Twenty years ago, the world had about 1.1 billion Muslims. Twenty years from now, it will have about twice as many - and they'll represent more than a quarter of all people on earth, according to a new study released Thursday.
That's a rise from less than 20 percent in 1990.
Pakistan will overtake Indonesia as home of the largest number of Muslims, as its population pushes over 256 million, the Pew Forum on Religion & Public Life projects.
The number of Muslims in the United States will more than double, to 6.2 million, it anticipates.
Afghanistan's population will nearly double, to about 50.5 million, making it home to the ninth largest Muslim population in the world.
Israel will become nearly a quarter Muslim. The Palestinian territories have one of the highest growth rates in the world.
Fractious Nigeria, where Christian-Muslim violence has left thousands dead in the past decade, will become a Muslim-majority country by 2030, the Pew Forum projects.
And two western European countries - France and Belgium - will become more than 10 percent Muslim. Sweden will hover just below that level, at 9.9 percent.
Iran, on the other hand, will see very slow growth. Iranian women have among the fewest children of anyone in the Muslim world. They use birth control at exactly the same rate as American women, 73 percent.
The Muslim share of the global population will rise primarily because of their relatively high birth rate, the large number of Muslims of childbearing age, and an increase in life expectancy in Muslim-majority countries, according to the report, "The Future of the Global Muslim Population."
Conversion will play relatively little part in the increase, the report anticipates. It says little data is available on conversion, but what little there is suggests Islam loses as many adherents via conversion as it gains.
While the Muslim population is set to grow at a faster rate than that of the world as a whole, the rate of Muslim growth is slowing, Pew says.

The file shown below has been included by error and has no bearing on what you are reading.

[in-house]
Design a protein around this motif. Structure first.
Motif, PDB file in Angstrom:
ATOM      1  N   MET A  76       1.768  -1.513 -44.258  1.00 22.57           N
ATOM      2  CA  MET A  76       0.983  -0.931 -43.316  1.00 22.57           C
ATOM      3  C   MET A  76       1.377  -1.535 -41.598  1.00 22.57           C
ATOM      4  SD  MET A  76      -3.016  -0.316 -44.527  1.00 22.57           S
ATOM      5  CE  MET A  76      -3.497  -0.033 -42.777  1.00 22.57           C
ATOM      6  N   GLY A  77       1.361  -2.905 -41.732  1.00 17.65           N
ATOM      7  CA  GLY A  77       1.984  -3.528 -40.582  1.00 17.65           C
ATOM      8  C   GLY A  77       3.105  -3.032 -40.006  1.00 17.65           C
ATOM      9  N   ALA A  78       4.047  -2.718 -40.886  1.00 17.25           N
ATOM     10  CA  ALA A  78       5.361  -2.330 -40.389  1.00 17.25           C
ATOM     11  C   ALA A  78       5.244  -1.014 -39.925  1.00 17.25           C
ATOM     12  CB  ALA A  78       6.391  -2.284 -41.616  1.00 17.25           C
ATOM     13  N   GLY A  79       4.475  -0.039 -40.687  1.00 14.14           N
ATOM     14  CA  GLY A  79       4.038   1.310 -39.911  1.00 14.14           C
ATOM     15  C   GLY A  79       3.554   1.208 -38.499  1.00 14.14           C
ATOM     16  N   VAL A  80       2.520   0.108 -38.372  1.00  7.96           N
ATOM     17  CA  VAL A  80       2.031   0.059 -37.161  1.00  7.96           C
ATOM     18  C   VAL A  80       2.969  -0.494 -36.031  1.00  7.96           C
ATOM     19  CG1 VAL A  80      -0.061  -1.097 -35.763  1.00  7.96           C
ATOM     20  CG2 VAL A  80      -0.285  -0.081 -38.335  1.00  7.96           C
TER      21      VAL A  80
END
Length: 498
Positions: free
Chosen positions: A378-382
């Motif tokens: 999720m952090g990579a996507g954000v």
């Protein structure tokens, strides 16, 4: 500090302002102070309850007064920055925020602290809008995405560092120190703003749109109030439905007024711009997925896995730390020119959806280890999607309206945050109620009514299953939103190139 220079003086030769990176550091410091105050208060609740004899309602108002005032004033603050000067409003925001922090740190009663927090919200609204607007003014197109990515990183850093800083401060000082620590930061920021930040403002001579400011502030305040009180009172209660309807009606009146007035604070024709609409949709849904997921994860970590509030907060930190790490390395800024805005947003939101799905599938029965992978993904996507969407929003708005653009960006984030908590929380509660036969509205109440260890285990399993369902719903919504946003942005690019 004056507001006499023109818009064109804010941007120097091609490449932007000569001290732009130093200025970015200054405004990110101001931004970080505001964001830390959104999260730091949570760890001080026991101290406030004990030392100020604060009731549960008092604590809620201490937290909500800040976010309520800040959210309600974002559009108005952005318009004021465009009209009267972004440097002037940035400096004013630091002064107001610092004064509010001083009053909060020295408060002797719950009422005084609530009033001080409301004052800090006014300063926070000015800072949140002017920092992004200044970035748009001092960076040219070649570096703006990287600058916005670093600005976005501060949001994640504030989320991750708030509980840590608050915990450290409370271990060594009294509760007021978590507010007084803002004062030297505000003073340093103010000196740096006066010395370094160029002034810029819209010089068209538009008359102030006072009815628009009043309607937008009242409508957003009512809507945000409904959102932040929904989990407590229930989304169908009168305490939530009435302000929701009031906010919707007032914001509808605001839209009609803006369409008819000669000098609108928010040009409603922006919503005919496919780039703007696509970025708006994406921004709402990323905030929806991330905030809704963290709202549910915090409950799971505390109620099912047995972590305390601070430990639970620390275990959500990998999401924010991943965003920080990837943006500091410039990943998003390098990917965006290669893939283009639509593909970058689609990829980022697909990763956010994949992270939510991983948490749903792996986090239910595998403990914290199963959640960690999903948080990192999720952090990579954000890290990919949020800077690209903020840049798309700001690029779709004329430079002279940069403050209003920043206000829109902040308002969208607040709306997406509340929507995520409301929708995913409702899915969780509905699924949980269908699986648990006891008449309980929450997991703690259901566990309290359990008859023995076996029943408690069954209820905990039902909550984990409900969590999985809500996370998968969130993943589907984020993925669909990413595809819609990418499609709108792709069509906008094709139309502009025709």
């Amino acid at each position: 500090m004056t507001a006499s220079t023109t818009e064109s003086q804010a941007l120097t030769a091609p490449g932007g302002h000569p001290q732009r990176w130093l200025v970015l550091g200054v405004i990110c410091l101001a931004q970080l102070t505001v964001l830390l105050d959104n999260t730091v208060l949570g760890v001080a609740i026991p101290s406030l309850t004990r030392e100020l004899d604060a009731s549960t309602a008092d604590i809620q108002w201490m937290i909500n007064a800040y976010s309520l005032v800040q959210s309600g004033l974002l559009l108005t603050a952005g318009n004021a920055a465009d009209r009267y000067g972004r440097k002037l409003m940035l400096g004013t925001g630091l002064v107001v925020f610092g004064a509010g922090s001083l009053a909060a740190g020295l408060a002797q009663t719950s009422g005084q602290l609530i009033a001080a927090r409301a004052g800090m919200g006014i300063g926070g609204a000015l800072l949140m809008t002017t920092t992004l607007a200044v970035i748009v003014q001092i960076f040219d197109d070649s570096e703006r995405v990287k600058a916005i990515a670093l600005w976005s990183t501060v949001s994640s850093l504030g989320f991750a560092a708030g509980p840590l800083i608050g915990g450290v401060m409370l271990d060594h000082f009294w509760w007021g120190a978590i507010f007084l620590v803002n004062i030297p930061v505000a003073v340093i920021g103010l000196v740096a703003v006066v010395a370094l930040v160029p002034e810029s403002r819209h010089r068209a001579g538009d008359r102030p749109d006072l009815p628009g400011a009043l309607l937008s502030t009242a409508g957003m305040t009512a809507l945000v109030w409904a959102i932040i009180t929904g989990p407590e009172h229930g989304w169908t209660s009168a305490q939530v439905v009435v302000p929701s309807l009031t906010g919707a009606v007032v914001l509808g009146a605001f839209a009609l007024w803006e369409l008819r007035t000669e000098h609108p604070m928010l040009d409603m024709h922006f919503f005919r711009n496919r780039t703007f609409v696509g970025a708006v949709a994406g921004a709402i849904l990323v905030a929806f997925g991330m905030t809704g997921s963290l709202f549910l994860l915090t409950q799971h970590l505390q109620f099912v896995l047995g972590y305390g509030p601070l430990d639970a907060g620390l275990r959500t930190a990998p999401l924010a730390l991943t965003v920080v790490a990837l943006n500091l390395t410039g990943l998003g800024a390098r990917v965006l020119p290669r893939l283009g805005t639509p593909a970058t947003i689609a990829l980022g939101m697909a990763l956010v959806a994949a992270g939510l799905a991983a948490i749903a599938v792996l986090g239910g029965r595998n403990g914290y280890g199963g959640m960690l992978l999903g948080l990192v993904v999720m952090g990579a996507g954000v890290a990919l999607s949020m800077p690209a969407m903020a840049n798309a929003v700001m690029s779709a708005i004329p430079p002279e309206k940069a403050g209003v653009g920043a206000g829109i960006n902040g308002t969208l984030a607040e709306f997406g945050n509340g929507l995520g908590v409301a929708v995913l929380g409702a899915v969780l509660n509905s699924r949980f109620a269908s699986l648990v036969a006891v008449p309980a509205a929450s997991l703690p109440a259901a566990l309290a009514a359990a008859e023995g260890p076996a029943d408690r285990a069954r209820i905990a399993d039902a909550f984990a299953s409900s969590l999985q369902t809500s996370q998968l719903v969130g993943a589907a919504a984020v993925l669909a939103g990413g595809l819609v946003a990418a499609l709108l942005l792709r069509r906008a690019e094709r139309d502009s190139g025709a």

"Growing but slowing" is the key phrase, says Alan Cooperman, associate director of the think tank.
"The increase in the last 20 years is greater than what we expect in the next 20 years," he said. Muslim population growth "is a line that's flattening out. They're increasing, but they're getting closer to the norm, the average."
In other words, Muslims are coming into line with global trends toward fewer children per woman and an aging population. But, the report points out, because of the existing Muslim "youth bulge," or unusually high percentage of young people, Muslim population growth has a certain momentum that will take decades to come into line with world averages - if it ever does.
The Pew report, more than a year in the making, is part of an ambitious attempt by the think tank to calculate the number of adherents to each of the world's major religions. The Islam report comes first, and a Christian project is in the works.
They started with Muslims, Cooperman said, because they are "the largest group for which data was lacking, and we saw public interest in knowing more."
Despite the rapid growth of Islam, Christianity seems set to remain the biggest religion in the world for the next 20 years. There are currently more than 2 billion Christians - 30 to 35 percent of the global population - making it very unlikely that there will be fewer than 2.2 billion Christians in 2030.
"There is nothing in these numbers to indicate that in 2030 there would be more Muslims that Christians," Cooperman said.
In fact, both Christianity and Islam could be growing, both in absolute terms and as a percentage of the whole, he pointed out.
"We don't want people to jump to the conclusion that if Islam is growing, everyone else is shrinking," he said. "Christianity and Islam could both be growing at the expense of other religions."
Sub-Saharan Africa is a case in point, he said.
"Tremendous numbers are being added in sub-Saharan Africa, but... Christianity and Islam are both growing rapidly. There is not a change in the overall proportions of Muslims to Christians."
He's aware that the report has policy implication, but insists that the purpose of the Pew Forum is simply to provide unbiased data.
"It's not our role to say what should be done," Cooperman said.
What they're aiming to do, one of the project's leader said, is to make sure there's reliable information available.
"There has been a lot of speculation about the growth of the Muslim population around the world, and many of those who speculate don't have good data," said Brian Grim, a senior researcher at the Pew Forum.
For example, the report undermines the notion that Europe is heading toward having any country with a Muslim majority. The continent will be about 8 percent Muslim in 2030, it projects.
"The data that we have isn't pointing in the direction of 'Eurabia' at all," Grim said.
"The Muslim population is growing and slowing. Instead of a runaway train, it's trending with the general global population," he said.
Cooperman hopes that information will help make for more intelligent discussions, he said: "In the midst of heated debate and speculation, we think that solid, reliable, empirical estimates are valuable."